top of page

Learning and Studying with ADHD


What is ADHD? 

Attention Deficit Hyperactivity Disorder is a common behavioral condition that is defined by problems with attention, hyperactivity, or impulsiveness. ADHD is most common in children, but up to 50 percent of people affected with this disorder continue to have symptoms throughout their adult lives. According to the CDC, 9.8 percent of children, or 6 million, ages 3-17 are diagnosed with ADHD, with boys more likely to be diagnosed. 13 percent of young boys and 6 percent of young girls are diagnosed with ADHD, one of the most common neurodevelopmental disorders of childhood. It is associated with short-term or working memory problems, which makes it difficult for many children who are diagnosed to retain and memorize information in their minds long enough to put it to use. Most students with the condition struggle to stay focused, meet deadlines, and remember details, according to an article by the Attention Deficit Disorder Association. However, ADHD does not have an effect on intelligence or mean that someone with this disorder cannot do well in school. People with ADHD often have to study harder in order to keep up with their peers, which can lead to many psychological effects and internal doubts about intelligence. 

Studying and learning with ADHD does not have to be impossible. With the right strategies and techniques, studying with ADHD can not only become manageable but also rewarding. Throughout this blog, we will identify numerous studying techniques, things to look out for, and ways to stay on top of tasks and responsibilities when dealing with ADHD. 

Understanding Your Unique Tendencies and Learning Style 

ADHD affects people in many different ways. Symptoms can make it hard to maintain concentration, stay organized, and manage time effectively. The most common challenges that students with ADHD may face are: 

  1. Poor Focus: ADHD makes concentrating harder, especially when a topic is not interesting to you. It may be difficult to pay attention or participate in learning activities. The most challenging activities to stay focused on for most ADHD learners are slow-paced or low-engagement activities. 

  2. Procrastination: Procrastination is a challenging obstacle for everyone, especially those with ADHD. According to an article by Healthline, ADHD can prime your brain for procrastination, so you may put off work until the last second. Procrastination is more likely to occur when tasks or activities seem particularly challenging or boring. Some may choose to do tasks that are more interesting or easy rather than tasks that are the most urgent. See our blog, How to Overcome Procrastination, to learn more about dealing with these tendencies. 

  3. Poor Memory / Forgetfulness: ADHD can affect the ability to remember information and details because the brain processes and encodes information much differently than those without the disorder.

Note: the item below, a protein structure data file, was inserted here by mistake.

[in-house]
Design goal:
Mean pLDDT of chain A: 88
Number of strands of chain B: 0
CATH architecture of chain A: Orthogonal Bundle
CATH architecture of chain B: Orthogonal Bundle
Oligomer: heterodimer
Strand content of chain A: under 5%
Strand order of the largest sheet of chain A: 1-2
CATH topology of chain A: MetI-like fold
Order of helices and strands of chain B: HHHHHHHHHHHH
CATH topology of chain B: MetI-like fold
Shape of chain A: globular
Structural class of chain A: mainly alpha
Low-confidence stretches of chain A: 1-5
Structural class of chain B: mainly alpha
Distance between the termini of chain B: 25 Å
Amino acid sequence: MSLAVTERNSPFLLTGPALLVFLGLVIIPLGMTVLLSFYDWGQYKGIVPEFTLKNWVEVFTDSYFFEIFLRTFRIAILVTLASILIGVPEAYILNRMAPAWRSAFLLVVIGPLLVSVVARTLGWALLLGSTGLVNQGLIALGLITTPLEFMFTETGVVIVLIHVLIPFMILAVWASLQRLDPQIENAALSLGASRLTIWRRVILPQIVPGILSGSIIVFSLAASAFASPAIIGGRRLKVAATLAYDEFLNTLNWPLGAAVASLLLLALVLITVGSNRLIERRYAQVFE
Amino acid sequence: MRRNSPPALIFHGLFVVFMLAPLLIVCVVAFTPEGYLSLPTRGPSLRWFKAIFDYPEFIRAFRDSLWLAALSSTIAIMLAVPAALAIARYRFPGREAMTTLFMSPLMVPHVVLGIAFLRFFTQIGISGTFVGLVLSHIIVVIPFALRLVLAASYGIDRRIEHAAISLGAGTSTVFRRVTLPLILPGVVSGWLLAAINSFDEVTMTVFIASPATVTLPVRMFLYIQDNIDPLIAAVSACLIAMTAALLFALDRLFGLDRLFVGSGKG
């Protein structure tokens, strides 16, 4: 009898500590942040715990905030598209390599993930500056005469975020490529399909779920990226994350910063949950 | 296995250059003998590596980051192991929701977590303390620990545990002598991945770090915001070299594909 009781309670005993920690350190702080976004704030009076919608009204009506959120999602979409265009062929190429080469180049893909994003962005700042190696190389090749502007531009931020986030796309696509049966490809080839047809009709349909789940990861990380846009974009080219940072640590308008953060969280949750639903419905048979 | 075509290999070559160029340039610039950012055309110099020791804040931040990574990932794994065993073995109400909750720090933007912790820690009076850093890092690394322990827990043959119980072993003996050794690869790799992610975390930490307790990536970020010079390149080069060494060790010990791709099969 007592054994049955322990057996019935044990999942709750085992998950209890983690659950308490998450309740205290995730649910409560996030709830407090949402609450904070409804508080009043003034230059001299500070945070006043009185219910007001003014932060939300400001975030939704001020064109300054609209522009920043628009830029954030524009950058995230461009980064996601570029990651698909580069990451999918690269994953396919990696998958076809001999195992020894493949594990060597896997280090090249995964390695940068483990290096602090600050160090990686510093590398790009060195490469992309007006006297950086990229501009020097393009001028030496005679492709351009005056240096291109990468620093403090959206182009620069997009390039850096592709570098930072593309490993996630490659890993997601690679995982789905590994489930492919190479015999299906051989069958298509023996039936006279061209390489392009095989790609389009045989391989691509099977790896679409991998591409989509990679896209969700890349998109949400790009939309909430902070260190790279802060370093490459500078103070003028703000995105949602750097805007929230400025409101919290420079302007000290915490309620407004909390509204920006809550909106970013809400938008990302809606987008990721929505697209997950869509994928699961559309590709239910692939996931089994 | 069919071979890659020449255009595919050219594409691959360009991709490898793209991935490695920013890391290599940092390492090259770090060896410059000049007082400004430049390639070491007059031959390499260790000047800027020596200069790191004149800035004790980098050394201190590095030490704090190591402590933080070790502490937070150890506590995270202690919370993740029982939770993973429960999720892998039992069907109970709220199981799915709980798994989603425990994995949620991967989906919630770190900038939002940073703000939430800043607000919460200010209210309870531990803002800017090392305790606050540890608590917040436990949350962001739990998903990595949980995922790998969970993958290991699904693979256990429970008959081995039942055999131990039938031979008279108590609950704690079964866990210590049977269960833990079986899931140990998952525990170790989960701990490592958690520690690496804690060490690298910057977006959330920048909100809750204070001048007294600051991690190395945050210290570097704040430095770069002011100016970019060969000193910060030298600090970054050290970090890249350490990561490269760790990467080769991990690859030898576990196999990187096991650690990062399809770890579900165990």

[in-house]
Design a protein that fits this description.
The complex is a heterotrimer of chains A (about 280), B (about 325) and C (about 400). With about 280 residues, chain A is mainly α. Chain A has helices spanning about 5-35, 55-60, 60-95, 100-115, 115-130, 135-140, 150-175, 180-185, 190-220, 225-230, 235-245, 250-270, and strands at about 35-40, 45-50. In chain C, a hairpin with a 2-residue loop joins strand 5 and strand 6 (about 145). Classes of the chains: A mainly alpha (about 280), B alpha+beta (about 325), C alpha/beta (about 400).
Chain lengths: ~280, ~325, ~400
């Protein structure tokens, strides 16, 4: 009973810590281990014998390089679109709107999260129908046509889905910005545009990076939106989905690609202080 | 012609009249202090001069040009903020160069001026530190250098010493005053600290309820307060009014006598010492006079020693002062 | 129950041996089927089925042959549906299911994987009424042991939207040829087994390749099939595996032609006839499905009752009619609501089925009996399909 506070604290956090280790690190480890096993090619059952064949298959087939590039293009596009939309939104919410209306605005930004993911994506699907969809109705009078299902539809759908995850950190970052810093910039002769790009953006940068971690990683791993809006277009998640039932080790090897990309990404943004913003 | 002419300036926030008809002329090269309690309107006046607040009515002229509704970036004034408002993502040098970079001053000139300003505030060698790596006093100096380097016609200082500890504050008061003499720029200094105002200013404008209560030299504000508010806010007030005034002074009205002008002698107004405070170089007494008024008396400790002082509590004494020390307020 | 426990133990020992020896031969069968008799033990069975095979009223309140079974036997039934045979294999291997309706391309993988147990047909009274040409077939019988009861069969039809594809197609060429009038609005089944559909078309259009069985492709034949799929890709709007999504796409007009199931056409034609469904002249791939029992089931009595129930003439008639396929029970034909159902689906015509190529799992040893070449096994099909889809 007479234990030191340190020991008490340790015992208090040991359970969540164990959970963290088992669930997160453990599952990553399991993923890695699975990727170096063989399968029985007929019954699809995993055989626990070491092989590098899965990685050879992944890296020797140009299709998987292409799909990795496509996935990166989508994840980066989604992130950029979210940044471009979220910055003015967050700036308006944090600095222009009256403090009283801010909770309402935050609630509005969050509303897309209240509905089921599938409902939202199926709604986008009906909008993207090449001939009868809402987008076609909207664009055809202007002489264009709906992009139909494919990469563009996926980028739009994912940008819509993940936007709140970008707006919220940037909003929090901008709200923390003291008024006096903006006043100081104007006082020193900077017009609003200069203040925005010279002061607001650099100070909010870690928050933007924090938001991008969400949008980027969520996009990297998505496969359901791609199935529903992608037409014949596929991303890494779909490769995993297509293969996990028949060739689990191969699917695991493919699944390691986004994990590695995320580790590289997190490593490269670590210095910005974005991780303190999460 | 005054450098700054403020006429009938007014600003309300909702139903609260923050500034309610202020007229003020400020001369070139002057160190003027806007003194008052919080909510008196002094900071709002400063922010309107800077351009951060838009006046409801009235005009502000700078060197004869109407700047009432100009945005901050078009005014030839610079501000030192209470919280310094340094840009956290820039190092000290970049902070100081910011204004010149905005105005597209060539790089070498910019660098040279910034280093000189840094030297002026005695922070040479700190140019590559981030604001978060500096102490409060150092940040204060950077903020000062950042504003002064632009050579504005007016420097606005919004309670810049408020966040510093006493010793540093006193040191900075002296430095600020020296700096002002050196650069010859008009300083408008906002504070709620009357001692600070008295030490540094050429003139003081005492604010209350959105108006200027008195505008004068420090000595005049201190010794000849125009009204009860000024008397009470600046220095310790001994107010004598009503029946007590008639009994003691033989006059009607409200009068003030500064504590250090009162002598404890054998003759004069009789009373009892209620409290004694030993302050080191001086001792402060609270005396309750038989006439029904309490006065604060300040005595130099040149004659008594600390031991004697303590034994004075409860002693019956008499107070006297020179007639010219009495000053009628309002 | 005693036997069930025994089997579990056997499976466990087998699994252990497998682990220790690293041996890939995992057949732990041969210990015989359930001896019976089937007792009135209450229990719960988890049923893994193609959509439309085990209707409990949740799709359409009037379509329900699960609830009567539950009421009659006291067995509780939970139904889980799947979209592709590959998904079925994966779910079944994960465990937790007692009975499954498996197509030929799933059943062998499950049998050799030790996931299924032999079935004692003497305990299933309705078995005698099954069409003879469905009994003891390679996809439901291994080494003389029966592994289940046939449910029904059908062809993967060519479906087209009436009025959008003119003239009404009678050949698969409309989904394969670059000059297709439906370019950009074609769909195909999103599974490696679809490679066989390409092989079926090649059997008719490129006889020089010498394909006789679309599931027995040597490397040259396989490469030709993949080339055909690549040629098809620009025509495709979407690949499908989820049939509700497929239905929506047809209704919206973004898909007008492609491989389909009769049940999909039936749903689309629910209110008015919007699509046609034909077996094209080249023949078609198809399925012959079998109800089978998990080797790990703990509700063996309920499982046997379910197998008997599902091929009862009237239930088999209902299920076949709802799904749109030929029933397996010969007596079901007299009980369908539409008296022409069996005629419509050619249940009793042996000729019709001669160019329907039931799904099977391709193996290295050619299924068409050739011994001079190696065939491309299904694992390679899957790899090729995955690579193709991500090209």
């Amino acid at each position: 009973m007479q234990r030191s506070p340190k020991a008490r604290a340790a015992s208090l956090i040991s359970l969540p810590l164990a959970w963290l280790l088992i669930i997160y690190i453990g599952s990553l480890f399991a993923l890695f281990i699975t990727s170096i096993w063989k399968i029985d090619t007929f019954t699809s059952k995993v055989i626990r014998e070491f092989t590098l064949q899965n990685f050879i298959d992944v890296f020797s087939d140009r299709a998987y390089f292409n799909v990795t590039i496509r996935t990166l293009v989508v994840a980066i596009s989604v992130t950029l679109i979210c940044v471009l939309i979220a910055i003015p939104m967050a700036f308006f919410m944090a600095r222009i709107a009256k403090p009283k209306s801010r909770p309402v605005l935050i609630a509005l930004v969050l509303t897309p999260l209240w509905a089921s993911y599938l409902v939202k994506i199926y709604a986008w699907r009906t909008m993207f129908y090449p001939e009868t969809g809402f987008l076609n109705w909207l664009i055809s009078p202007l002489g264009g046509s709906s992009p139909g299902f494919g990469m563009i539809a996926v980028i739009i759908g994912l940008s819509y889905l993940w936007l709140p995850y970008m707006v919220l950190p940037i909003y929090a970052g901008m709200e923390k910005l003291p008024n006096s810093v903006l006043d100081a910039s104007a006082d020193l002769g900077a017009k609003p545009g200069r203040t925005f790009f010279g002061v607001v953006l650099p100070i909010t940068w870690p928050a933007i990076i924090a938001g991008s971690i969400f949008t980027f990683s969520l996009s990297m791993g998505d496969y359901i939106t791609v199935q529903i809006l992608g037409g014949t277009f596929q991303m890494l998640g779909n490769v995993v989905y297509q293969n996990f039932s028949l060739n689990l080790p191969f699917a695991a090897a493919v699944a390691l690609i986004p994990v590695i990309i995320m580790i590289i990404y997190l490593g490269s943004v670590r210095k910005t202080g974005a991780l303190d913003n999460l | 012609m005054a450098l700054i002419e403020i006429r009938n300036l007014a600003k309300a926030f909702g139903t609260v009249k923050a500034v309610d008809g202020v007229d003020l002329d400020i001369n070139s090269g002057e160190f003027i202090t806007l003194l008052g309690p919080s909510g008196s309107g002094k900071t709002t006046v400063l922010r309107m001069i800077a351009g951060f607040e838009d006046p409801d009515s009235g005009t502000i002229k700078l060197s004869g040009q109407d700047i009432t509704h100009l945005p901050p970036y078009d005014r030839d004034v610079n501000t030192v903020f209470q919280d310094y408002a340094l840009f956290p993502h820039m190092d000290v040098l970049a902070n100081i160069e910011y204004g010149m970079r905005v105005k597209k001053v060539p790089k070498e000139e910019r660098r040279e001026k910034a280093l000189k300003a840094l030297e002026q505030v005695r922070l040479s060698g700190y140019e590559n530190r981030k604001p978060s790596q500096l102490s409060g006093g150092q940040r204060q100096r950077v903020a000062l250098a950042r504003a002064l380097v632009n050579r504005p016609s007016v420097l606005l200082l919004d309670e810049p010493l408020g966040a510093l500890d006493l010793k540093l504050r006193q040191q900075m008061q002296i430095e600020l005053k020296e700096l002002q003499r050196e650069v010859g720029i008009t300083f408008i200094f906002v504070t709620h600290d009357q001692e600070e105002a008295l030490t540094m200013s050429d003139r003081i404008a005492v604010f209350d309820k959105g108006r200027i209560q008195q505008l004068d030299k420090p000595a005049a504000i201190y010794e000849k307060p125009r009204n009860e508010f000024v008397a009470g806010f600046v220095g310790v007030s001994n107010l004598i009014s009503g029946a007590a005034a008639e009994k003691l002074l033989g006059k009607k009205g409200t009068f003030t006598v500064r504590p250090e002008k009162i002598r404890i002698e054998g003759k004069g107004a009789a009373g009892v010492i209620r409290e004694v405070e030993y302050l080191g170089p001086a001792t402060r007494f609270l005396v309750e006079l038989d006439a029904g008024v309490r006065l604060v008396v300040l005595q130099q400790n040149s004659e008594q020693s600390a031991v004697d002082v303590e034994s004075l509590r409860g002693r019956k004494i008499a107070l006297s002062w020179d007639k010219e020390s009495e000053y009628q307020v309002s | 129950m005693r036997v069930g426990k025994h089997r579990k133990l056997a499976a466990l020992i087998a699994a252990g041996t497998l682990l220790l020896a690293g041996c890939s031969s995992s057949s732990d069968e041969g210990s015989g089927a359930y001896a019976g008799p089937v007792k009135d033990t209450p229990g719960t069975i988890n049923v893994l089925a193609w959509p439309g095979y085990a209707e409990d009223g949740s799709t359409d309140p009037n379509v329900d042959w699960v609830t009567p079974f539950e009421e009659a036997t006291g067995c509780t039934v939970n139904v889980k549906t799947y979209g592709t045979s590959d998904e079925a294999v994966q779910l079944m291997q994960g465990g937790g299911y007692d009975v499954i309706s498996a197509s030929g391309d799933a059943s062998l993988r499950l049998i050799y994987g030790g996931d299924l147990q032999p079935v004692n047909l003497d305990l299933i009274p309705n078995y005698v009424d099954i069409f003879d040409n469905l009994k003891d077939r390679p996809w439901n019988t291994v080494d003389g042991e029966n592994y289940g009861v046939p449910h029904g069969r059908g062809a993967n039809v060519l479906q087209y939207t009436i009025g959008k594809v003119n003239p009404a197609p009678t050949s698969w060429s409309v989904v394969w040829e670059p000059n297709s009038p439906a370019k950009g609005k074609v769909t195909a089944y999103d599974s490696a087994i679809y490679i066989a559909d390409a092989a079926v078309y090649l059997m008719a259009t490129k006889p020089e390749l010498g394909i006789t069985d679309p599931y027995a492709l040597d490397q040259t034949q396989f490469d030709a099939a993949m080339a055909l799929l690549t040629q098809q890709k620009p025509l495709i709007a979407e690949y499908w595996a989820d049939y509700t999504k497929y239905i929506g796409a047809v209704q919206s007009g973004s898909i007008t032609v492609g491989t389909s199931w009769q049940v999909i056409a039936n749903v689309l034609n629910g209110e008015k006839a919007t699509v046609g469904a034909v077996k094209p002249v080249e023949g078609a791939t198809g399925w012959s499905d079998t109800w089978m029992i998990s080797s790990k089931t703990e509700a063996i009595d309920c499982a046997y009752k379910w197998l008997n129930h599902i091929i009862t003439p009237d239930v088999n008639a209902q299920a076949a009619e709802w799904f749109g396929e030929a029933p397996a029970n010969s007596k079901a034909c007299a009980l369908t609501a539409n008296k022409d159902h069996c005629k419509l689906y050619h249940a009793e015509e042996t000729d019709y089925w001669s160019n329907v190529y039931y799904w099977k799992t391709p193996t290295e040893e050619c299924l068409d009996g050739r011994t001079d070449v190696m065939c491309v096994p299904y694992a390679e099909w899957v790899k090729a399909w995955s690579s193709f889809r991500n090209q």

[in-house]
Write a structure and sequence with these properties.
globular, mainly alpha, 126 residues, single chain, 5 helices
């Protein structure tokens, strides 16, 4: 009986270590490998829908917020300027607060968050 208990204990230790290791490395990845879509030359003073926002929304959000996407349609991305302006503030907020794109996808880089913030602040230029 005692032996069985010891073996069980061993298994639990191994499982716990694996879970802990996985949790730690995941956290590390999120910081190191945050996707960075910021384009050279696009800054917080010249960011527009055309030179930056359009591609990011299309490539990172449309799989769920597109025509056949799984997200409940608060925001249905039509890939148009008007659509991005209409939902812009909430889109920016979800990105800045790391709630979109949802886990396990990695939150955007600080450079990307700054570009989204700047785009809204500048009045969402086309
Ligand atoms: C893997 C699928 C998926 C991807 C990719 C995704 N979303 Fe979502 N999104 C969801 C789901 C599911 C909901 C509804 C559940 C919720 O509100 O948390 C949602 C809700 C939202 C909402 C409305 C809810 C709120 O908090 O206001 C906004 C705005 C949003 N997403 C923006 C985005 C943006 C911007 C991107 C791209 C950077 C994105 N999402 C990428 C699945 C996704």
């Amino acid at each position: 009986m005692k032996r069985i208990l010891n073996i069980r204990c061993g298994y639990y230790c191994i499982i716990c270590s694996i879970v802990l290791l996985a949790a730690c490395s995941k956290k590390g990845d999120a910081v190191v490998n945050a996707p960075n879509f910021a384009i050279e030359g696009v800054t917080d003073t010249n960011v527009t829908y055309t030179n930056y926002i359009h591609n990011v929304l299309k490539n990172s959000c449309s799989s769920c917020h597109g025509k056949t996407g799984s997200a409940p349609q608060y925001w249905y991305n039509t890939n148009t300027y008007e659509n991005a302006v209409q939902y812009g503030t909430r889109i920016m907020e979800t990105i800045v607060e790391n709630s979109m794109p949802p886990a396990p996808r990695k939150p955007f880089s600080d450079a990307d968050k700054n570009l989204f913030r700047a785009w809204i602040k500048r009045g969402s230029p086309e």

4. Lack of Time Management: ADHD can cause a weaker perception of time, leading to many people underestimating the time needed to complete tasks such as studying for a test or writing a paper. It may also make it difficult to prioritize study tasks as you may focus on what’s interesting rather than what needs to be done. 

Excelling in learning with ADHD can be difficult, but many practices can help. The first thing to understand regarding how you learn is that everyone’s brains operate differently. Traditional study methods are not effective for everyone. Experiment with different techniques to find which learning style works best for you. Visual aids like mind maps, color-coded notes, or diagrams can help visual learners stick to information better. Recording lectures or reading notes out loud may enhance retention for auditory learners. Whichever learning style helps you, stick to it, work on improving your study methods, and focus on the tips throughout this blog. 

The Pomodoro Technique

The Pomodoro Technique is a time management method developed by Francesco Cirillo in the late 1980s. It involves breaking work into focused intervals (typically 25 minutes) called “Pomodoros,” separated by short breaks. To implement this technique, follow these simple steps: 

  1. Prepare a to-do list.

  2. Set a timer to 25 minutes.

  3. Focus on one task during this time. 

  4. Once the timer has gone off, cross off one Pomodoro. 

  5. Set a timer for 5 minutes as a break. 

  6. After the break, set a timer for 25 minutes and repeat. 

  7. After four Pomodoros take a longer 15-20 minute break. 

For ADHD learners, this technique can be particularly beneficial for several reasons: 

  1. Structured Focus: It provides a structured way to work in short bursts, which can help individuals with ADHD maintain focus and attention. The defined time intervals make tasks more manageable and less overwhelming.

  2. Reduced Procrastination: The short, timed intervals help to break down tasks into smaller, more achievable parts, reducing the tendency to procrastinate or get overwhelmed by the enormity of a task. 

  3. Built-in Breaks: The technique incorporates frequent breaks, allowing individuals with ADHD to recharge and avoid burnout. Short, regular breaks can help maintain motivation and prevent mental fatigue. 

  4. Increased Productivity: ADHD learners often struggle with maintaining focus for extended periods. The Pomodoro Technique encourages bursts of concentrated work followed by breaks, potentially boosting productivity by capitalizing on periods of high focus. 

  5. Time Awareness: The timer used in the technique acts as a visual and auditory cue, helping individuals stay aware of time passing. This can be especially helpful for those with ADHD, aiding in time management and task prioritization. 

However, it is essential to note that not everyone’s experience with ADHD is the same, and while the Pomodoro Technique can be helpful for many, it may not work for everyone. Some individuals may find the intervals rigid or need to adapt the technique to suit their needs. For example, if someone needs more time to focus, longer intervals may be beneficial in boosting productivity. For others, attention may stop after 15-20 minutes, so they may need to shorten interval time. 

Memorizing Material: 

According to an article by Additude, rereading material is the most ineffective way to study for an exam, yet 84% of students study by simply rereading their textbook. For students with ADHD, rereading is even less effective when memorizing information. Sustained attention and focus cause ADHD learners to benefit from more engaging memorization techniques such as: 

For ADHD learners, traditional rote memorization might be challenging due to sustained attention and focus difficulties. However, several memorization techniques can be more engaging and effective: